Friday, November 26, 2010

Early Whitefield

I stumbled on this book called The Great Awakening by Joseph Tracey. It was first published in 1842. What has been intriguing has been reading the passionate Whitefield as he fought his way to salvation. These obsessed men and women are the world changers. There are truly so many ways that men and women seek to castrate a Jesus lover to conform to their image and comfort. To step outside their boundaries, requires their immediate and instant denunciation. Another's passion simply exposes their mediocrity.

Here are some quotes:

George Whitefield was born at Gloucester, England on the 16th day of December in 1714. His father, Thomas Whitefield had been a wine merchant, but was now an inn keeper, died two years after his birth. ... [George] distinguished himself among the boys at the public school by his progress in Latin and by his speeches and dramatic performances... his mother kept the inn; as the decrease of business enforced more economical arrangements, George was obliged to leave his Latin... and assist in the drudgery of the house. He put on his blue apron-"washed mops, cleaned rooms, and in a word, became a professed and common drawer for nigh a year and an half".

[Whilst at Oxford] he spent much of his time in reading the Greek Testament and in prayer. He gained more clear, rational and affecting views of his own sinfulness and saw how hopeless was the effort to remove the sense of guilt by a series of observances. He remained in this condition till as he informs us: "One day, perceiving an uncommon drought and the noisome clamminess in my mouth, and using things to allay my thirst, but in vain, it was suggested to me that when Jesus Christ cried 'I thirst' his sufferings were near over. Upon this, I threw myself upon the bed and cried out. 'I thirst, I thirst'. Soon after, I perceived my load to go off; a spirit of mourning was taken from me and I knew what was truly to rejoice in the Lord. At first after this, I could not avoid singing psalms, wherever I was; but my joy gradually more settled and blessed be God, has abode and increased in my soul, saving a few casual intermissions, ever since."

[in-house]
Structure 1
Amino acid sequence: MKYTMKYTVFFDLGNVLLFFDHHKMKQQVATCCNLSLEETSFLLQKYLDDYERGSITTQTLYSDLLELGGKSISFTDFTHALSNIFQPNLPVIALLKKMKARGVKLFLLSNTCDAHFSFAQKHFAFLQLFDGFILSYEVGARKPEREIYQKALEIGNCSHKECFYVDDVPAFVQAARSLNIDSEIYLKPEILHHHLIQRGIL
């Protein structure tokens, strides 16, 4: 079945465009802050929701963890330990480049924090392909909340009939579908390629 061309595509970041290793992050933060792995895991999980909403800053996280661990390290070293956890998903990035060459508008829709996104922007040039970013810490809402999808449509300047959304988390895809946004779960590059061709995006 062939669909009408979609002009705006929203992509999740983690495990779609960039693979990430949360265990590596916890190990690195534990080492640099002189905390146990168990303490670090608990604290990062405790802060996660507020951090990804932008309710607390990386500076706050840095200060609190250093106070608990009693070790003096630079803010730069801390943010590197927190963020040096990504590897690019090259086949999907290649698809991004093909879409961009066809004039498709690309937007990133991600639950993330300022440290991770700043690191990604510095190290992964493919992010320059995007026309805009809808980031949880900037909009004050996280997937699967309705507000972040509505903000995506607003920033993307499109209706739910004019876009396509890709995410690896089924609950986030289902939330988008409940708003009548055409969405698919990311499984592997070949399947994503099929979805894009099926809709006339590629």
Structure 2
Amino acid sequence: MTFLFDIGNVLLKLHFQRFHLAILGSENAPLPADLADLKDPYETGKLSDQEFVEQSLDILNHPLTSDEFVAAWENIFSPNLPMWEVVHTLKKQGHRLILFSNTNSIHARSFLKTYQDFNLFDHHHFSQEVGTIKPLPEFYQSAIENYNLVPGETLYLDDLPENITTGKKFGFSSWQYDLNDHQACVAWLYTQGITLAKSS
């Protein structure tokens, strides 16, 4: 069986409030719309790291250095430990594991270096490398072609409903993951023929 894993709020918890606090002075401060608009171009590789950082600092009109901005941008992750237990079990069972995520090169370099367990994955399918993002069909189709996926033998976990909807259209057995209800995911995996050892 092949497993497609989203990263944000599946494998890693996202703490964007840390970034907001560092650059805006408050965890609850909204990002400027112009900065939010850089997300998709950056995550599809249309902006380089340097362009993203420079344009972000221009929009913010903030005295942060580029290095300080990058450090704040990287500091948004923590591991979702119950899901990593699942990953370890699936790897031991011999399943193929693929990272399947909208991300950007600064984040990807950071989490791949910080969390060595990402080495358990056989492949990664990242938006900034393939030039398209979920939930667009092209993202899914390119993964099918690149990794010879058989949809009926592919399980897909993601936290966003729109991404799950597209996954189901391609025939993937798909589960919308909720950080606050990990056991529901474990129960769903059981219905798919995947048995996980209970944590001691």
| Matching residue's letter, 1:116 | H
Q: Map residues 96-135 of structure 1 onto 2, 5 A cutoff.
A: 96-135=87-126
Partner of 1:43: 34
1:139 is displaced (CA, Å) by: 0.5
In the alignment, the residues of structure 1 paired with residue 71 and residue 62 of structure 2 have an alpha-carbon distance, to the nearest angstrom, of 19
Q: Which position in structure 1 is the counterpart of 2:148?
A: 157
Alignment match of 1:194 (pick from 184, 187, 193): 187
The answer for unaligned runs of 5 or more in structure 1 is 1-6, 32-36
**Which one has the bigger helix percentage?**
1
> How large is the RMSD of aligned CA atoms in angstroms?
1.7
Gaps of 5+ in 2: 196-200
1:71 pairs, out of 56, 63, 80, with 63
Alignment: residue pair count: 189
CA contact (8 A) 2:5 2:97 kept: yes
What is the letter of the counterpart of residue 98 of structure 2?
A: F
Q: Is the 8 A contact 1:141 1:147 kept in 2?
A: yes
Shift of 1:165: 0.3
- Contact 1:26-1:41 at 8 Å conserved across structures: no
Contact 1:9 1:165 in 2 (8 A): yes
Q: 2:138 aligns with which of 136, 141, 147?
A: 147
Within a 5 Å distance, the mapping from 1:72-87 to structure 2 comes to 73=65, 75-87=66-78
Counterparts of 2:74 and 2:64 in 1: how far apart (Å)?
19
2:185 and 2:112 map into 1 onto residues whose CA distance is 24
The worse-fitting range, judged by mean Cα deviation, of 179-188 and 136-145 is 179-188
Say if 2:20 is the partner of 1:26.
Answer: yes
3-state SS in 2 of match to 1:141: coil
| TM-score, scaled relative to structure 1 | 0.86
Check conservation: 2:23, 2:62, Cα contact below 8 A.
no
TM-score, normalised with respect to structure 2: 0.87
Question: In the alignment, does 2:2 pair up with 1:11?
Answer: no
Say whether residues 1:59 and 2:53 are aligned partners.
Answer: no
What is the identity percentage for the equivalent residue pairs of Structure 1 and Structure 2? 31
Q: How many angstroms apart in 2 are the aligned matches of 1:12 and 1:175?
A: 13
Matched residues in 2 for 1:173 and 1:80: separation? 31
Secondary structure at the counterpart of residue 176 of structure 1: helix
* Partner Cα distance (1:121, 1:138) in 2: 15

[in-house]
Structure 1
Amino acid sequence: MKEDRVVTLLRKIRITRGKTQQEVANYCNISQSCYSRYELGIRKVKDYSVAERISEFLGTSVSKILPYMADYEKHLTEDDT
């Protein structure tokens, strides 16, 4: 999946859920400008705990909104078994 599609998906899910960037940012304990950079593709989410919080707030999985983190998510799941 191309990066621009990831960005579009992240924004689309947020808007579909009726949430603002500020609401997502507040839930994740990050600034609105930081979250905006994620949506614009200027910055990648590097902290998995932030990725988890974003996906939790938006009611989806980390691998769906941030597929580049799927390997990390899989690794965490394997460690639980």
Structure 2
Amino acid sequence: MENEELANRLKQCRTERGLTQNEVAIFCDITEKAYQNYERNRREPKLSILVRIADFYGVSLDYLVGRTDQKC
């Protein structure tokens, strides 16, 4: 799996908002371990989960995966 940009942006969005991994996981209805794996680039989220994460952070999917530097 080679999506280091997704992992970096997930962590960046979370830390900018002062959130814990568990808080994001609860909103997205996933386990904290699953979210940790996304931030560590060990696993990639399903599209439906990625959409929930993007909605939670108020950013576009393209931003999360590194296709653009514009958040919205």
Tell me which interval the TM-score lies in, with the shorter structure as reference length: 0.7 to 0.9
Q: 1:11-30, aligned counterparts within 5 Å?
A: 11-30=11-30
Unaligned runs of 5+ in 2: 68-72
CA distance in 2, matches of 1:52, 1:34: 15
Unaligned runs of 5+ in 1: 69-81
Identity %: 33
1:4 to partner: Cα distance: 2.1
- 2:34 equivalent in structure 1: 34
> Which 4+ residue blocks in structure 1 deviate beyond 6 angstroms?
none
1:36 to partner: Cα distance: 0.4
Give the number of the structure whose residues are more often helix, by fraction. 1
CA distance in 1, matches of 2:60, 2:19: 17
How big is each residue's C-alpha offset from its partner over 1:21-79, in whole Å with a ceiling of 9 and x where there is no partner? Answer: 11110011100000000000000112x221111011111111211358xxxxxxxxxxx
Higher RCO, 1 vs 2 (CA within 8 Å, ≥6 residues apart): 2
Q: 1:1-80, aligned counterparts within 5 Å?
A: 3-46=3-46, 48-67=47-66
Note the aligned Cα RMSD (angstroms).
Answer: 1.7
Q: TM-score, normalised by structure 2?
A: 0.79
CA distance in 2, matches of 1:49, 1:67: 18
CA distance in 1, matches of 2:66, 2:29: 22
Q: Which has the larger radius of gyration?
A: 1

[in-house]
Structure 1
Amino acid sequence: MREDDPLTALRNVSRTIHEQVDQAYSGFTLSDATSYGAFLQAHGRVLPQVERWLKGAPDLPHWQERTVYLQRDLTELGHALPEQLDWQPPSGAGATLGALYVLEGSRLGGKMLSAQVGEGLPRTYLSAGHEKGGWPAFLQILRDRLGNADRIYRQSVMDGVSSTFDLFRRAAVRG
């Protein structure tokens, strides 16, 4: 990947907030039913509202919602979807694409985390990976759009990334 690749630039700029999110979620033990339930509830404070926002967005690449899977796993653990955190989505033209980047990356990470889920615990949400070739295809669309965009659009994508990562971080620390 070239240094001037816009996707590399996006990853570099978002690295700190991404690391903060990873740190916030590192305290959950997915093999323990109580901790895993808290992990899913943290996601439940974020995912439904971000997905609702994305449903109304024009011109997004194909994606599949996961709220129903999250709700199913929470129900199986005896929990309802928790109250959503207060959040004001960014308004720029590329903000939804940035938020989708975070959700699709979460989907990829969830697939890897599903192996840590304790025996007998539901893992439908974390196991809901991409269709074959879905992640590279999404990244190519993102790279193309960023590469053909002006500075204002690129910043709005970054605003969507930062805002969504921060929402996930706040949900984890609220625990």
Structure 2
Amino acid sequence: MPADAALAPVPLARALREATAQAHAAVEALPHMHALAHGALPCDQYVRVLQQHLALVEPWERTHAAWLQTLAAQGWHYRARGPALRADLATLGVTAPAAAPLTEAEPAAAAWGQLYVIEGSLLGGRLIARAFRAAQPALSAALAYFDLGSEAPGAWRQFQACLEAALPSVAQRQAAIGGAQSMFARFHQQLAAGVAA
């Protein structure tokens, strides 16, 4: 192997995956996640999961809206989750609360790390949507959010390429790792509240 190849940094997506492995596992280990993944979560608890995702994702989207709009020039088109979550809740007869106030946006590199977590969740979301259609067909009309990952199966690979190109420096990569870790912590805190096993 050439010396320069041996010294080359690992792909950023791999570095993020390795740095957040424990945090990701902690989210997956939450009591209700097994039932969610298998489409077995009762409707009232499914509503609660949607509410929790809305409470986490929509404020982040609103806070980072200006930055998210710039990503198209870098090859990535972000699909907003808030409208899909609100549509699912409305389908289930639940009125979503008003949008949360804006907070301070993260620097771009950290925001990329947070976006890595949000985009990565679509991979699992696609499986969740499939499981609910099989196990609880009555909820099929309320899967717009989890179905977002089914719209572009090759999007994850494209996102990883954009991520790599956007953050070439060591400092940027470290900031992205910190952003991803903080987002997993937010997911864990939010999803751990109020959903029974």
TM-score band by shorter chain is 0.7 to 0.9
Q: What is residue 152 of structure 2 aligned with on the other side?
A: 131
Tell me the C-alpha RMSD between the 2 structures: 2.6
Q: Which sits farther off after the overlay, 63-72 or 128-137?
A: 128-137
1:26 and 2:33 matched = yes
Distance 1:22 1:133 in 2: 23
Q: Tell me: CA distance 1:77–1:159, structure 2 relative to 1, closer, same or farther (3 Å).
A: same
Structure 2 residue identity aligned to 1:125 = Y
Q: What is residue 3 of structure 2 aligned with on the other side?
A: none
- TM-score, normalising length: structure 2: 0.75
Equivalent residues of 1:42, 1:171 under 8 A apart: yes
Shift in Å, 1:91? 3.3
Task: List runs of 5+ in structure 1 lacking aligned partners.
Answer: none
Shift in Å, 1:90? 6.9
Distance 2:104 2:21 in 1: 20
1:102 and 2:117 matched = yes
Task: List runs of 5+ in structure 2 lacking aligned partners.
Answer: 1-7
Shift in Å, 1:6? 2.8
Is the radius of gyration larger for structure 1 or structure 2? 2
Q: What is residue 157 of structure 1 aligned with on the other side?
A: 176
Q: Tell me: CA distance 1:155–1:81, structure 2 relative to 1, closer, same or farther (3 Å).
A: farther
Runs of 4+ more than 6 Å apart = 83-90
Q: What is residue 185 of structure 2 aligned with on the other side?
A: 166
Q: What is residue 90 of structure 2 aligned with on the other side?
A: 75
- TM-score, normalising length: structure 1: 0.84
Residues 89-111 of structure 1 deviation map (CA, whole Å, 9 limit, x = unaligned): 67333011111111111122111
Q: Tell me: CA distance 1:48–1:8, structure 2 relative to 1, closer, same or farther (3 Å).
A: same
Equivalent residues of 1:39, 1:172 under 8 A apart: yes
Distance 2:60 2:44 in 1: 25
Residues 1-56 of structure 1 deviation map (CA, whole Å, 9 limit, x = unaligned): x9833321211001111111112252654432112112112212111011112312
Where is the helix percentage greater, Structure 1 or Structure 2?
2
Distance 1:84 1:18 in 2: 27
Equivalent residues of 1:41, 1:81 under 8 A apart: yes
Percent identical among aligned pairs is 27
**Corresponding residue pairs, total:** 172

Some years afterwards, in reply to objections, he said: "My crying, "I thirst, I thirst' was not to put myself upon the level with Jesus Christ. But when I said these words, "I thirst, " thirst', my soul was in agony; I thirsted for God's salvation and a sense of divine love. I thirsted for a clear discovery of my pardon through Jesus Christ and the seal of the Spirit. I was at the same time enabled to look up to and act upon faith in the glorious Lord Jesus as dying for sinners and felt the blessed effects of it".

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